A poster of a young man in Tegucigalpa’s central square. Kidnapped April 19, 1988. It’s in a photograph I just happened to take when I was there one year later. Looking at it recently, I wondered who is he? Thanks to search engines and dedicated searchers for the disappeared in Honduras, I found him. Roger Gonzáles, 24 year old student. Still disappeared.
Last week I’d wondered if Donald Trump remembered anything about the 1980s US interference in Central America. If he really didn’t realize that there might be a connection between then and the caravan of people at the US border now. (see Honduran Contra Camps 1989)
Disappeared in 1988: ROGER SAMUEL GONZALEZ
The contradictory responses of the military no longer surprise Elvia Zelaya, mother of the “disappeared” student Roger González.
Roger González, a 24-year-old leader of the Federation of Second-Year Students (FESE) and employee of the Honduran Forestry Development Corporation (COHDEFOR), was kidnapped before witnesses on April 19, 1988, at noon, while walking through the Central Park of Tegucigalpa. His captors were two men and a woman dressed in civilian clothes. Subsequently, one of them was identified by a witness as a member of the DNI*.
In the Honduran courts, five writs of habeas corpus were filed in favor of Roger González. In response to these appeals, several members of the DNI, FUSEP* and the First Infantry Battalion denied having Roger González in their custody. In one case, the executing judge was not even allowed access to the cells of the police unit cited in the habeas corpus. A statement by a spokesman for the Armed Forces, according to which Roger González had been captured by FUSEP, was later vehemently denied by agents of FUSEP itself, one of whom added that, in fact, FUSEP was looking for Roger González in relation to a violent demonstration held before the United States Embassy in Tegucigalpa on April 7, 1988.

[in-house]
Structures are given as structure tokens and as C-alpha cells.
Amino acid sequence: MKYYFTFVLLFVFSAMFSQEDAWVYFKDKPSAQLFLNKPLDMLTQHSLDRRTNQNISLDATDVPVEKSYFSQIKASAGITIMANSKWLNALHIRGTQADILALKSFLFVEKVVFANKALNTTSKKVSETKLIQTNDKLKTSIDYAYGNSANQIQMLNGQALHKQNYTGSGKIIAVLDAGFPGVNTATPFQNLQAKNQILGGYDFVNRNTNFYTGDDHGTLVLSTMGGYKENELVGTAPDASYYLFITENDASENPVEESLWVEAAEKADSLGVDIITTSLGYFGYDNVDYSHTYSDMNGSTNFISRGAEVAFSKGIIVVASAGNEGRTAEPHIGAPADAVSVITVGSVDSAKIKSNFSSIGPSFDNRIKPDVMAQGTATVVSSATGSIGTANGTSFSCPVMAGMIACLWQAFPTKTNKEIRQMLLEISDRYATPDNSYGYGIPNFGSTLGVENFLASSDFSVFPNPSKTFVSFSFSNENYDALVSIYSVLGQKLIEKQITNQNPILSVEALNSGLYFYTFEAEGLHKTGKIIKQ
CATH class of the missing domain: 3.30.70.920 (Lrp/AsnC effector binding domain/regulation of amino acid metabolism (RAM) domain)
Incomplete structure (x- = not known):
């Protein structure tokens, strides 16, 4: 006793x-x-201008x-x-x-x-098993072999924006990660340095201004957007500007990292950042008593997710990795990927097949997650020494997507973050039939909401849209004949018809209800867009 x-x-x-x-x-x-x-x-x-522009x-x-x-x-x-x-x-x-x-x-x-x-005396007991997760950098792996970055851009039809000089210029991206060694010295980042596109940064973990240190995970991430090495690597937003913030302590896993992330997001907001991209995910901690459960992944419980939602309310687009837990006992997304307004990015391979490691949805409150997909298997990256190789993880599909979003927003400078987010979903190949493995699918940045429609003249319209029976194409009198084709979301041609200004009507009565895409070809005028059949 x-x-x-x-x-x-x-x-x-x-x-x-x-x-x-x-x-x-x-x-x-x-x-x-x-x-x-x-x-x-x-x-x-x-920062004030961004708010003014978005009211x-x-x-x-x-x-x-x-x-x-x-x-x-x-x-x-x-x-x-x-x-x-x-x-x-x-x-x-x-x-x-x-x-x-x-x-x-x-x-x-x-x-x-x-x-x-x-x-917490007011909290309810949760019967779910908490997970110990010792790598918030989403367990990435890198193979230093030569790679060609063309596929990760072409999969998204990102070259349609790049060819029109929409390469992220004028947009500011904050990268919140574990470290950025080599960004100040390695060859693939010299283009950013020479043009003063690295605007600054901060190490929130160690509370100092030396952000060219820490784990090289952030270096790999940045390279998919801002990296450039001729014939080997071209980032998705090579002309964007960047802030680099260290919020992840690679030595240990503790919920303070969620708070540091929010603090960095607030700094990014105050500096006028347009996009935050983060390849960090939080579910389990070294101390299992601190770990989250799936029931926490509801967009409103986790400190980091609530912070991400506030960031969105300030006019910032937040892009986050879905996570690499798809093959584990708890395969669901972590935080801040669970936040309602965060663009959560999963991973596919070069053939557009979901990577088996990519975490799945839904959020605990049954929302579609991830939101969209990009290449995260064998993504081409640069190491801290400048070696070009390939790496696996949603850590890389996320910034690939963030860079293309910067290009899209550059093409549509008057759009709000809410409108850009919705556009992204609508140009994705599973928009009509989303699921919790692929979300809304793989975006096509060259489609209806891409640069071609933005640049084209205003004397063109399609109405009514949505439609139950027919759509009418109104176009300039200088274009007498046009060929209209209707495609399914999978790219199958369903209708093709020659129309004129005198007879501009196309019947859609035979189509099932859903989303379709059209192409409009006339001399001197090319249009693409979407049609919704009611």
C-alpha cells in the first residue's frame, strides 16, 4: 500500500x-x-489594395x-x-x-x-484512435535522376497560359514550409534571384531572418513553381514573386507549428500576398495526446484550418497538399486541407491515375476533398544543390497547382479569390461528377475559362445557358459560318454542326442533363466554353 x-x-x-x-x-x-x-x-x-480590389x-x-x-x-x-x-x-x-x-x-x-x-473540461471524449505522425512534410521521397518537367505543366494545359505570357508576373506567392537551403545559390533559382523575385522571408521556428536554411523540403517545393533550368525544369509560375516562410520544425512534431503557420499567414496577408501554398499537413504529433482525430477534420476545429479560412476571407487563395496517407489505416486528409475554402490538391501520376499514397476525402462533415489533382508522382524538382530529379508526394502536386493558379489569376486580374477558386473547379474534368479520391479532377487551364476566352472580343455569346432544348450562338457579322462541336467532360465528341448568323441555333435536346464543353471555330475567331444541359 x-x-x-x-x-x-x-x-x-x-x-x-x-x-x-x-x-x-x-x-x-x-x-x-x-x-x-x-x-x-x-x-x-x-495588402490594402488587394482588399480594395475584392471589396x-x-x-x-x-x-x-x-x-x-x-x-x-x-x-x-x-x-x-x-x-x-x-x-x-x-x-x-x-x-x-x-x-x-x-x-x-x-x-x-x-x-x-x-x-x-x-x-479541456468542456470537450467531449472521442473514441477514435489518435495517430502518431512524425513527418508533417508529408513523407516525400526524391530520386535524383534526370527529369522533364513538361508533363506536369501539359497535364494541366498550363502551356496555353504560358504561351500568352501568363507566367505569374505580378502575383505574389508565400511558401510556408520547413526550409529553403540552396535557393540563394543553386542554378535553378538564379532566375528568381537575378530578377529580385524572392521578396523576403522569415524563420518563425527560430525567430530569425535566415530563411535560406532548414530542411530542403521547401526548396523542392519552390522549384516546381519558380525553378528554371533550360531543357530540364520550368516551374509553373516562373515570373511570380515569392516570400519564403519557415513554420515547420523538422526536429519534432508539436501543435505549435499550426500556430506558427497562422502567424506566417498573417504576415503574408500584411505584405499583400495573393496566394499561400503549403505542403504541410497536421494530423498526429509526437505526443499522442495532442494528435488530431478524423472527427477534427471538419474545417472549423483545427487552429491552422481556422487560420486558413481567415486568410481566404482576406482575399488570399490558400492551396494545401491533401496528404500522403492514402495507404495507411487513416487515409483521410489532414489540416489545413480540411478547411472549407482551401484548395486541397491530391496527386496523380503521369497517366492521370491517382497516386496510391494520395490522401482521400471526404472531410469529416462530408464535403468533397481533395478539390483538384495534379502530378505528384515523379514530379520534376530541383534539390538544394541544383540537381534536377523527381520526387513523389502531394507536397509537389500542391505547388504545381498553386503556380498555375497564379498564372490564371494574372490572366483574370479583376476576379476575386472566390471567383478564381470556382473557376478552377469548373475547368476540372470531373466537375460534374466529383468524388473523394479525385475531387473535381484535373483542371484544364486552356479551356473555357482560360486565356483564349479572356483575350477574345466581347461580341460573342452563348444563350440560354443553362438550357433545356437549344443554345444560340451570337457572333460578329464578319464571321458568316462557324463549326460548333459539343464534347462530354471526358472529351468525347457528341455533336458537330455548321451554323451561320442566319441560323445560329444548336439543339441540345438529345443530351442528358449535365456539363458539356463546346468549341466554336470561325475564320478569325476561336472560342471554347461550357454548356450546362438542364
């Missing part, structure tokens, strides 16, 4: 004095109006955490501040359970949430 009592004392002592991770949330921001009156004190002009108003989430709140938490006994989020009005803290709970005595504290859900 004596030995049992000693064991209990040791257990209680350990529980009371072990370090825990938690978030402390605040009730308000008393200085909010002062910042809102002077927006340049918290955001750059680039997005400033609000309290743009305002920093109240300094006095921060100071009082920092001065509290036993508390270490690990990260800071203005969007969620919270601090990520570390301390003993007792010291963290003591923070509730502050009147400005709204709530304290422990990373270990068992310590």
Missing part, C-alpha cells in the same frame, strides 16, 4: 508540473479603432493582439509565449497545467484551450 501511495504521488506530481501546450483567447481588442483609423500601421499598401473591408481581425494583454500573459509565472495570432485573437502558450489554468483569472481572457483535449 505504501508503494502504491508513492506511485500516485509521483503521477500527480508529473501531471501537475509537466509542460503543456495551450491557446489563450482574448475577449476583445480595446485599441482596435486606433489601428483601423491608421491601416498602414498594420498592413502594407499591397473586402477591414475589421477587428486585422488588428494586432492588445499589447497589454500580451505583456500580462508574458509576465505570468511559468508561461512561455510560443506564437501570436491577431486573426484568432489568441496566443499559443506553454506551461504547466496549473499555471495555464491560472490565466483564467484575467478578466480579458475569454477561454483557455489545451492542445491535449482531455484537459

In May 1988, relatives, friends and colleagues of Roger Samuel González Zelaya began a hunger strike in the Central Park of Tegucigalpa to protest their arrest and demand their release. The hunger strike lasted 23 days, and was suspended when Roger’s mother became ill.
In an interview with the press on October 8, 1988, the then head of the armed forces declared that Roger Samuel González Zelaya was probably hiding somewhere abroad.
However, Fausto Reyes Caballero, a former member of Battalion 3-16* who fled to the United States of America after deserting, testified in a testimony before several human rights groups in 1988 that he had seen Roger González in mid-July in the barracks of Battalion 3-16 in San Pedro Sula.
(Google translation of COFADEH page)
*DNI is Dirección Nacional de Investigación, National Directorate of Investigation (police).
FUSEP is Fuerza de Seguridad Pública, Public Safety Force (police).
Battalion 3-16 was an intelligence unit of the Honduran army “responsible for carrying out political assassinations and torture… Battalion members received training and support from the United States Central Intelligence Agency” (Wikipedia).
“Honduras Accused of Death-Squad Operations”
Julia Preston, in The Washington Post (Nov. 1, 1988), tells the story of González and others. She wrote about Sgt. Fausto Reyes Caballero:
Reyes said he last visited the [Battalion 316] office in San Pedro [Sula] in mid-July , caught a glimpse there of a pale youth, handcuffed and blindfolded, and was told by a sergeant on duty that the prisoner was Roger Gonzalez. Gonzalez disappeared in Tegucigalpa during a police sweep in which about a dozen Hondurans were arrested after the burning of the U.S. Consulate there April 7…
Honduran police first acknowledged, then denied Gonzalez was in their custody.
“My tongue sticks to my palate
from so much repeating
your name to the wind.
My hands age playing
They offer me silences for an answer … “
– Fragment of the poem Where are you Roger?, written by his mother Elvia Zelaya.
In a 2017 Conexihon post (Spanish, or see in English), Doña Elvia remembers her son Roger. He’d be 52, she says. She still offers a Mass for him. Aside from protests for answers, that’s all she can do in his memory. “When the mother buries her son, she knows that she is going to put a flower in the cemetery, she is going to visit there,” she says, but “not even that” for her. There still are no answers to what happened to Roger Samuel González Zelaya.